A Monday test of a hypersonic missile under development by aerospace contractor Lockheed Martin through the Eglin Air Force Base-headquartered Air Force Armament Directorate was unsuccessful, according to a Tuesday news release issued through Eglin.
During Monday’s test, conducted from Edwards Air Force Base in California over the Point Mugu Sea Range, a booster vehicle failed to launch from the B-52H Stratofortress aircraft to which it was attached.
Details on the exact nature of the failure were not available from the Air Force on Tuesday. The news release from Eglin AFB, calling the unsuccessful test “a setback,” noted only that the booster vehicle “encountered an issue on the aircraft and did not launch.”
The news release went on to explain that the test missile “was not able to complete its launch sequence and was safely retained on the aircraft which returned to Edwards AFB.”
The U.S. military has been aggressively pursuing development of hypersonic missiles, capable of flying at multiple times the speed of sound, as Russia and China also have been working in the hypersonic realm.
Pursuit of hypersonic missile development by the U.S. military is related to a switch in the country’s national defense strategy away from counterterrorism operations toward “great power” competition with what the U.S. military calls “near peer” adversaries, like Russia and China. The rationale behind hypersonic missile development is, in part, that the missiles can fly so fast that defending against them becomes extremely problematic.
Monday’s test did not involve an armed missile, but was instead a test of a booster vehicle designed to carry a munitions payload. The booster did, however, carry a glider that was supposed to have been released from the missile before breaking up safely in the atmosphere.
The test was part of the Air Force’s ongoing effort to develop the AGM-183A Air-launched Rapid Response Weapon (ARRW), which is currently slated to bring hypersonic weapons capability to U.S. armed forces sometime early in this decade.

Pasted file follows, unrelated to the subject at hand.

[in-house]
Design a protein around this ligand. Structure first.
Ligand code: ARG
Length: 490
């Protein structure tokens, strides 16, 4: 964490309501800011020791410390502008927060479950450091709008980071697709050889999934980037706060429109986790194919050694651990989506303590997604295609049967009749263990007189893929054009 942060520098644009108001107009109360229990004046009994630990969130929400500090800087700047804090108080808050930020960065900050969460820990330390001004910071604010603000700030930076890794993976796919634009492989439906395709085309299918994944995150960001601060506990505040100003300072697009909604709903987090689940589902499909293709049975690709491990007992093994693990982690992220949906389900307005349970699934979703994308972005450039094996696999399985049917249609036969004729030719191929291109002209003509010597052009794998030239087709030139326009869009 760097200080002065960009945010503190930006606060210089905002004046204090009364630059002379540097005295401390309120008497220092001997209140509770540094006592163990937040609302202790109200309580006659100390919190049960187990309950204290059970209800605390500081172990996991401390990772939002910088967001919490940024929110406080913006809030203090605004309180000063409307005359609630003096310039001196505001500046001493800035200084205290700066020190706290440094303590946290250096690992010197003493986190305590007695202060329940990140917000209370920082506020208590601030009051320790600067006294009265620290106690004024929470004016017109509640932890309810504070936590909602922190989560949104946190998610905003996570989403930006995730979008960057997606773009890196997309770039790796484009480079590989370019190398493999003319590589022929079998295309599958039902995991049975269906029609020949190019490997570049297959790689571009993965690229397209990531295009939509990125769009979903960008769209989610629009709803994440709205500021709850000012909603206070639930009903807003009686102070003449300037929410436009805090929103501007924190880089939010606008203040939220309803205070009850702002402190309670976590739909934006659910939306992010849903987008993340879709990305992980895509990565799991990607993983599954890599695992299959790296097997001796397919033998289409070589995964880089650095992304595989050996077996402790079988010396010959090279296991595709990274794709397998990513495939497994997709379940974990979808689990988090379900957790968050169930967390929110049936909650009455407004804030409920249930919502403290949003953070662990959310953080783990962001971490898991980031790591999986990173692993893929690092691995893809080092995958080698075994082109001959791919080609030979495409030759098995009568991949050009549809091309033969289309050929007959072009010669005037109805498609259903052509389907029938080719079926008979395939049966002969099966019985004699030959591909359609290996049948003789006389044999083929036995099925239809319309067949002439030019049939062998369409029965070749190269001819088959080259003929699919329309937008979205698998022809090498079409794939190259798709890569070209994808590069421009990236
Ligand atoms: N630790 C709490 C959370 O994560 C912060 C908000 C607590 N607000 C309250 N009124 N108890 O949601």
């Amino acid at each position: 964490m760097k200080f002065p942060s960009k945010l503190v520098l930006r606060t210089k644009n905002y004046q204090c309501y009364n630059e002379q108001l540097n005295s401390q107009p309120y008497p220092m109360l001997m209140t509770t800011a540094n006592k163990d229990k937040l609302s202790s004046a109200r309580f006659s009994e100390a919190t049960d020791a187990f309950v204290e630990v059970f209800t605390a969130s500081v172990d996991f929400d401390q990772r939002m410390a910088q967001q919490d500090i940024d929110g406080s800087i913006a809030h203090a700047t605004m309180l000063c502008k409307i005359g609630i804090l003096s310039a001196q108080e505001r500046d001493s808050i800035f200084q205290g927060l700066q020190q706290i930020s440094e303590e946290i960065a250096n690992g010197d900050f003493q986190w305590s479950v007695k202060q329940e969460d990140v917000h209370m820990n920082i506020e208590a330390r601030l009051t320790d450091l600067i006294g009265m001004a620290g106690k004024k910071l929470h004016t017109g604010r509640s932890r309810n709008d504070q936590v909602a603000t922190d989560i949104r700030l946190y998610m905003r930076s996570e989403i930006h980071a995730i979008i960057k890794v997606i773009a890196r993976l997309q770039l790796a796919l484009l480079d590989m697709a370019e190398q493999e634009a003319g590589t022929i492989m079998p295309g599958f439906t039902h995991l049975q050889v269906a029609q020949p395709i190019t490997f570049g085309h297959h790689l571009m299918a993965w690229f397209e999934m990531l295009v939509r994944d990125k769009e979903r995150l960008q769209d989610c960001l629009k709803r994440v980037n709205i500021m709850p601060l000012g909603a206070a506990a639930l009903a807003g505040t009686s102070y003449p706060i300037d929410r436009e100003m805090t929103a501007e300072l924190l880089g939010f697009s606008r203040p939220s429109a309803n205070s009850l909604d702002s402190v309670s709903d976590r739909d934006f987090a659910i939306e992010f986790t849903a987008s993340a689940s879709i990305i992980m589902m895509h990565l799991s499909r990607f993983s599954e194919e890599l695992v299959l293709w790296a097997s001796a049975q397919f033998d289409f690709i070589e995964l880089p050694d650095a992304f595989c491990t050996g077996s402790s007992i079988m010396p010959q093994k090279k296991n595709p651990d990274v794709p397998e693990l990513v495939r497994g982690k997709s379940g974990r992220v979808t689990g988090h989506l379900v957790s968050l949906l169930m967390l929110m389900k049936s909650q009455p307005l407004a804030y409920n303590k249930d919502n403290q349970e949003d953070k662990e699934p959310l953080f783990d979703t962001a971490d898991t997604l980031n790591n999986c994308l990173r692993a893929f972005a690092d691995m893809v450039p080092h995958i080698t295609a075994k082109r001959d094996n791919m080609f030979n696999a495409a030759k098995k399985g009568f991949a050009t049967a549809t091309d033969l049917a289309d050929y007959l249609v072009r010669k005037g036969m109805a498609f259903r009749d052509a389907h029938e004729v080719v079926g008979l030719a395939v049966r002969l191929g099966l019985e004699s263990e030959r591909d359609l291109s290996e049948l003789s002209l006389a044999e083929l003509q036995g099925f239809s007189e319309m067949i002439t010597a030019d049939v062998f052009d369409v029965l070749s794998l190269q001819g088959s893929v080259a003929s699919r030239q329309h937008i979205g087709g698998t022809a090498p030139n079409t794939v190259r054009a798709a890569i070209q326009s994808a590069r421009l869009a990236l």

More specifically, the ARRW is being designed to “provide the ability to destroy high-value, time-sensitive targets” and to “expand precision-strike weapon systems’ capabilities by enabling rapid response strikes against heavily defended land targets,” according to the Eglin news release.
The Armament Directorate at Eglin is managing the Lockheed Martin hypersonic missile effort under a contract carrying a not-to-exceed cost of $480 million. Under the contract, Lockheed Martin is working with the Air Force to design and develop the ARRW hypersonic weapon by late this year.
Brig. Gen. Heath Collins, program executive officer at the Armament Directorate, was at least somewhat philosophical Tuesday about the failed booster vehicle test.
“While not launching was disappointing, the recent test provided invaluable information to learn from and continue ahead,” Collins said in the Eglin news release.
“The ARRW program has been pushing boundaries since its inception and taking calculated risks to move this important capability forward,” Collins further noted in the news release, adding “… This is why we test.”
One positive aspect of the failed test, noted in the news release, was the fact that the booster vehicle was retained on the aircraft, meaning that “engineers and testers will be able to explore the defect and return the vehicle back to test(ing).”
Monday’s test mission was actually the eighth time an ARRW had been attached to a B-52H, although the previous missions were all “captive carry” tests. In captive-carry testing, the missile is not launched from its host aircraft, but the performance of its electronics and other systems are assessed while it is attached to that aircraft.
Objectives for the unsuccessful Monday test had included “demonstrating the safe release of the booster test vehicle from the B‑52H as well as assessing booster performance, booster-shroud separation, and simulated glider separation.”
Monday’s test was carried out by the 419th Flight Test Squadron and the Global Power Bomber Combined Test Force, both headquartered at Edwards AFB.
As the ARRW program moves forward from Monday’s unsuccessful test, plans call for a number of additional booster test flights. The Air Force had previously announced that “all-up-round test flights” of the ARRW would be coming by the end of the year. An “all-up round” is the testing of a completely assembled weapon.
Tuesday’s news release did not indicate whether Monday’s unsuccessful test mission would delay that timeline.
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